I know that some supporters of Theeb don’t want to acknowledge this, but it’s really an Arabic western. The soundtrack by British composer Jerry Lane even has tones reminiscent of Ennio Morricone’s score of Once Upon a Time in the West.

Set during World War I, the story focuses on two recently orphaned Bedouin brothers from a family that earns its living as pilgrim guides. Now that their father has died, older brother Hussein is teaching younger brother Theeb (“Wolf”) how to survive in the desert. One night, an Arab guide appears with a British soldier. They’re on their way to railroad tracks controlled by Ottoman troops—presumably to blow them up— and they need help finding the nearest well on their way. Hussein agrees to serve as their guide. Theeb is ordered to stay behind because the route is home to bandits, but he follows the others and they are forced to accept his presence.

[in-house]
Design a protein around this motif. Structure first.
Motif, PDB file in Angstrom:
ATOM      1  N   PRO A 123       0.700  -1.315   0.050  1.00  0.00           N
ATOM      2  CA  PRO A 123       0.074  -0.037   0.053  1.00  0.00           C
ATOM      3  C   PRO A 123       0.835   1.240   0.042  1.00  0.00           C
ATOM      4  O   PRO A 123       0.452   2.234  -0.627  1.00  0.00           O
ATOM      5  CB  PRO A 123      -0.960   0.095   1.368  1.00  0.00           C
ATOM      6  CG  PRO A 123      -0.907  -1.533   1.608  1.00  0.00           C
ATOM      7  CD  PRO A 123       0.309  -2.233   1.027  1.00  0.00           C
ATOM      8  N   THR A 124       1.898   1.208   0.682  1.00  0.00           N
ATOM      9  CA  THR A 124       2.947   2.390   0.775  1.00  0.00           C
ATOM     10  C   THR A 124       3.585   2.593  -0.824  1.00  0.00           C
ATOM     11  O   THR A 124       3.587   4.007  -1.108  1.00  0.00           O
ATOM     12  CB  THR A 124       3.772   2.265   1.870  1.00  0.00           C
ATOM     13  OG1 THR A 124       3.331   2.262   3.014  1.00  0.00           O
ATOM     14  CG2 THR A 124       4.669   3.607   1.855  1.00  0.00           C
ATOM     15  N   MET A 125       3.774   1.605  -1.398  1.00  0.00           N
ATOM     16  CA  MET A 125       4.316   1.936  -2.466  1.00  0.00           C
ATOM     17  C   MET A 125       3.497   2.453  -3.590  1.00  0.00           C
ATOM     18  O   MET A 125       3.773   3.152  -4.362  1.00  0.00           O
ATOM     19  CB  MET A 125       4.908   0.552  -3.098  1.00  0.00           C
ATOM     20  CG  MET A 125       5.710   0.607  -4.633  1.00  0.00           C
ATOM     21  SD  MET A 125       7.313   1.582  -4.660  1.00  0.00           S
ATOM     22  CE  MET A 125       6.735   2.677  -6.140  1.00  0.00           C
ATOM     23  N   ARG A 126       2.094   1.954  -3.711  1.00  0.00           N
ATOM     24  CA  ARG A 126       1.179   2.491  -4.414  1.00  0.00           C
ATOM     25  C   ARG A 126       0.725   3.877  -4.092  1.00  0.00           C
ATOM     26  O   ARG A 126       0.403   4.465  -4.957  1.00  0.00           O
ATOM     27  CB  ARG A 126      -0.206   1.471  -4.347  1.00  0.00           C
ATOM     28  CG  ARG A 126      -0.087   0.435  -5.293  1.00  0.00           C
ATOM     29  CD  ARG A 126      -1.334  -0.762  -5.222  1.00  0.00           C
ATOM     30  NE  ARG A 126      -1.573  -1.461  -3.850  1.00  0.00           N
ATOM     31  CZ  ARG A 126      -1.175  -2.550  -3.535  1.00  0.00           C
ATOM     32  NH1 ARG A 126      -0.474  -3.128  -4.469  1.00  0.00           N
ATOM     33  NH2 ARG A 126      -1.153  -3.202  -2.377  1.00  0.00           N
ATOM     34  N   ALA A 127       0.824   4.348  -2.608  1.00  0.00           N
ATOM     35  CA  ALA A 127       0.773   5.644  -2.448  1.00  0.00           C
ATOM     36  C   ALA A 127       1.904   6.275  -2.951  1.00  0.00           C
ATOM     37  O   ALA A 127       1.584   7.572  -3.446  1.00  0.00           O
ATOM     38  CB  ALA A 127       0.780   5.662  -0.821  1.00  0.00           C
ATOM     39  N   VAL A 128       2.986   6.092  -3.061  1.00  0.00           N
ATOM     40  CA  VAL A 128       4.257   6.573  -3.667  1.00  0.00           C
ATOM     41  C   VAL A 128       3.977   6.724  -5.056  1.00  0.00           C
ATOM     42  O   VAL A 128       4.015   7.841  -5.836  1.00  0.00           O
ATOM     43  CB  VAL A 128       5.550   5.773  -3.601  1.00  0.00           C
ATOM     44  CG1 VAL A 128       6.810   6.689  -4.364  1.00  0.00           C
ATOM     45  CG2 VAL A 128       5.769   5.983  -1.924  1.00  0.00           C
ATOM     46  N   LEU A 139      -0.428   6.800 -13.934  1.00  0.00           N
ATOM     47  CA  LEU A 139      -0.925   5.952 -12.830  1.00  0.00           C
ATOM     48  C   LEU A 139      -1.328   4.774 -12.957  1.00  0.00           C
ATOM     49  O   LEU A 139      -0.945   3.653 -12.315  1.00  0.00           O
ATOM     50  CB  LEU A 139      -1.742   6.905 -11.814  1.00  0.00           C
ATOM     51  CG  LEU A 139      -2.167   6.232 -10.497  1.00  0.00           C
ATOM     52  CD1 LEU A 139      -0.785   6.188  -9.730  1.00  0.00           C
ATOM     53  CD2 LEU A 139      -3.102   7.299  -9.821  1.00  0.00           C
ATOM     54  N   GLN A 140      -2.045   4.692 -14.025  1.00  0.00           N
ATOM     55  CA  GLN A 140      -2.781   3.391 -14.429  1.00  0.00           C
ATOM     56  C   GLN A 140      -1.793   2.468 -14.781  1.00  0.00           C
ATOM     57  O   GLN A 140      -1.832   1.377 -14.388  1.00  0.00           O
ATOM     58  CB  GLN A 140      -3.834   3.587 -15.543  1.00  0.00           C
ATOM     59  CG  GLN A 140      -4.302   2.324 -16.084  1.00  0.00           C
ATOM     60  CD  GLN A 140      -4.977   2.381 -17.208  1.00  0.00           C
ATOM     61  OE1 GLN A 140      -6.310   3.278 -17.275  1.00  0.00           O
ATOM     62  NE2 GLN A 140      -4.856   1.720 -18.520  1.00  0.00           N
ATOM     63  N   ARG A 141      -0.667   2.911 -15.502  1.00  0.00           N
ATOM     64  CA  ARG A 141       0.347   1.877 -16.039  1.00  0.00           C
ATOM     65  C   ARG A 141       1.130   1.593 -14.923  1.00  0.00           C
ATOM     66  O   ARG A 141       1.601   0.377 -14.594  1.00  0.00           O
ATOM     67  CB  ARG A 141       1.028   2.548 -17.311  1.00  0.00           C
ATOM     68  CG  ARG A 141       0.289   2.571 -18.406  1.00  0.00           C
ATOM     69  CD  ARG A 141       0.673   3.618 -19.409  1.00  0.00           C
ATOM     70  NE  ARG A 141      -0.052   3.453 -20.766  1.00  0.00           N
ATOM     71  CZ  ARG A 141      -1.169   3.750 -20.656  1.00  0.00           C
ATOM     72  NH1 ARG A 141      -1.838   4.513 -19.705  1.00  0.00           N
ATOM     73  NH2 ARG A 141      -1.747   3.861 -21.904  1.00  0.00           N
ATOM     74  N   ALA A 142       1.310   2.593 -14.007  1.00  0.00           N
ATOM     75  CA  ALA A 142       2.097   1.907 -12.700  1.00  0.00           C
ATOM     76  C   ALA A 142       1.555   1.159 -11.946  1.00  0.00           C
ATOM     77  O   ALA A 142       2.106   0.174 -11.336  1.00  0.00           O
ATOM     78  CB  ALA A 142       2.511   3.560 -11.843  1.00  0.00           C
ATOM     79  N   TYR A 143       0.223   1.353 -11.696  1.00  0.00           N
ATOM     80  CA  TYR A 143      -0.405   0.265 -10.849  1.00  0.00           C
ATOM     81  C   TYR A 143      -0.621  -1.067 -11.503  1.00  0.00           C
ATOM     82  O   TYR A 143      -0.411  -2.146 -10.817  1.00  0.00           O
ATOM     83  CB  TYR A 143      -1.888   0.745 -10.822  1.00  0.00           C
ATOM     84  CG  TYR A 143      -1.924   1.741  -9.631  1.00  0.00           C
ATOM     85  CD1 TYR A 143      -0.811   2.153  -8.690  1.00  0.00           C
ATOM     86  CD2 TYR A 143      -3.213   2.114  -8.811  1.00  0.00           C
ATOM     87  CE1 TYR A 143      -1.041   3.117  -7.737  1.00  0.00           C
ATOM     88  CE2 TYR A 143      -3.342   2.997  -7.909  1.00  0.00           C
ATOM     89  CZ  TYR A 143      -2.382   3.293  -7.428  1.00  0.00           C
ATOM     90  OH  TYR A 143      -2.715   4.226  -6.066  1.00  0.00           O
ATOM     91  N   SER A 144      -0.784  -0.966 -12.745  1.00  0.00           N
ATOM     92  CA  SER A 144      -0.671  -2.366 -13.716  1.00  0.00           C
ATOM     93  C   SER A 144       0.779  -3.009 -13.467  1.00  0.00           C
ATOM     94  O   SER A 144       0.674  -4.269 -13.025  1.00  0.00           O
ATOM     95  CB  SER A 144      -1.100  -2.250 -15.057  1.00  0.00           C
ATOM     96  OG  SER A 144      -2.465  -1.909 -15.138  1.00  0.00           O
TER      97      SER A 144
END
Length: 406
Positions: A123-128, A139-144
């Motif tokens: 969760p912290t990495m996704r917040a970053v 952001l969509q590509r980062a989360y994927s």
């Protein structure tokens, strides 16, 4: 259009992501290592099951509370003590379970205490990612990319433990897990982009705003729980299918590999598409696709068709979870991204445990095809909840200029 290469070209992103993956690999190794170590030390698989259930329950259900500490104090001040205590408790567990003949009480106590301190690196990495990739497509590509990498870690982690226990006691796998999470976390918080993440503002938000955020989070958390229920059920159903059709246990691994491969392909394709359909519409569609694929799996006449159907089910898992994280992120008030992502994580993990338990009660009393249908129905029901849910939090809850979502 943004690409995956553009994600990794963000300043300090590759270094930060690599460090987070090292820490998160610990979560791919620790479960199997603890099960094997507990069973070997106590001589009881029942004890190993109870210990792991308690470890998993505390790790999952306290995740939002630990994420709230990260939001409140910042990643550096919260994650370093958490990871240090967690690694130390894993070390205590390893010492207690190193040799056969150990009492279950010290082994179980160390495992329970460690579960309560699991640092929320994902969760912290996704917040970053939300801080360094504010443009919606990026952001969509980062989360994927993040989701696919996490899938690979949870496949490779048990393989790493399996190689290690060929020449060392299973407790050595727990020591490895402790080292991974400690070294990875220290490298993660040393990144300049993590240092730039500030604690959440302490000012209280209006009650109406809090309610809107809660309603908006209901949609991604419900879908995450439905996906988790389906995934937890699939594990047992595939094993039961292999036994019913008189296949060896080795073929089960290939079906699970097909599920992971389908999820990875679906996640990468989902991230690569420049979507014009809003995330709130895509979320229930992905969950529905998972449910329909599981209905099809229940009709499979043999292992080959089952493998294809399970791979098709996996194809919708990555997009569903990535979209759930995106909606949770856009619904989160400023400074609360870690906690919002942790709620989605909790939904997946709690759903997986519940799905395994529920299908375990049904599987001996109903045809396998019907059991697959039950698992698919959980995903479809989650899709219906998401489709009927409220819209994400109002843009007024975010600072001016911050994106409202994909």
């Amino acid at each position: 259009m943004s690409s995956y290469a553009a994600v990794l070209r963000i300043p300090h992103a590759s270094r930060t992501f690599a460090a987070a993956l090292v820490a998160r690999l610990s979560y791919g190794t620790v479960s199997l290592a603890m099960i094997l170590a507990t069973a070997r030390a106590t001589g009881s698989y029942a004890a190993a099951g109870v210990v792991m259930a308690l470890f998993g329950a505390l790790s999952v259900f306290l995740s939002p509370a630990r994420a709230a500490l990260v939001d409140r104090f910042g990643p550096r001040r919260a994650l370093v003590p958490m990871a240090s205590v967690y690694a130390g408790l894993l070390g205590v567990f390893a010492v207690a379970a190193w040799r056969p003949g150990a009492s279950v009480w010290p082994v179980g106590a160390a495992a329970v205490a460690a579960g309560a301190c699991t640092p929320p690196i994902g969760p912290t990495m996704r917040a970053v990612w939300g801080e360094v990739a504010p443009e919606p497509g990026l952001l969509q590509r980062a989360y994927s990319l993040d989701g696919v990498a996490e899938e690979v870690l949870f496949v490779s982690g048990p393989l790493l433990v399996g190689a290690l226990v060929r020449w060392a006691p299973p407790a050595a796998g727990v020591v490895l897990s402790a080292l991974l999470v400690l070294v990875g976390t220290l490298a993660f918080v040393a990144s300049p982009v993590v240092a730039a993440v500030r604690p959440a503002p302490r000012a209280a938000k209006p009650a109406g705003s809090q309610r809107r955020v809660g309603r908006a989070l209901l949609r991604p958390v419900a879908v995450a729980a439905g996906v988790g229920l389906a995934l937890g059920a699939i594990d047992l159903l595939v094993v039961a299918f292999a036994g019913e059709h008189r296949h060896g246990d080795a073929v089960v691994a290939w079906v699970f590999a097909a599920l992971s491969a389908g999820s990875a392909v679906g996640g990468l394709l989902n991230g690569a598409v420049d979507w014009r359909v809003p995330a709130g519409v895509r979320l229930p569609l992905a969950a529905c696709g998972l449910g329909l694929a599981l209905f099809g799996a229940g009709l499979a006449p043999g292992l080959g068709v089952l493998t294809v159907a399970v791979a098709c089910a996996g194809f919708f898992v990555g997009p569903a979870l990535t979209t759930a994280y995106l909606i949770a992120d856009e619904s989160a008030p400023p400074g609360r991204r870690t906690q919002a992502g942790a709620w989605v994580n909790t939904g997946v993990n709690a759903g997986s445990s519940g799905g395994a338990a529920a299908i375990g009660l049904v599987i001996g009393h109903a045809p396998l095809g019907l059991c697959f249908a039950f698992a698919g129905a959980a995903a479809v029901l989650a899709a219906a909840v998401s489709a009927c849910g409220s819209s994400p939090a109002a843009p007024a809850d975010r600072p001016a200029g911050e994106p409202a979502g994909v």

Sure enough, they are ambushed and, after their two companions are killed, the two brothers hide in the hills. But Hussein is also killed, and Theeb finds himself stuck with the badly injured bandit who killed his brother.

Director Naji Abu Nowar chose non-professional Jordanian locals to fill most of the roles. This technique was also used in Mustang, as well as in Guatemala’s entry, Ixcanul, Venezuela’s entry, Gone with the River, and Turkey’s entry, Sivas, among others.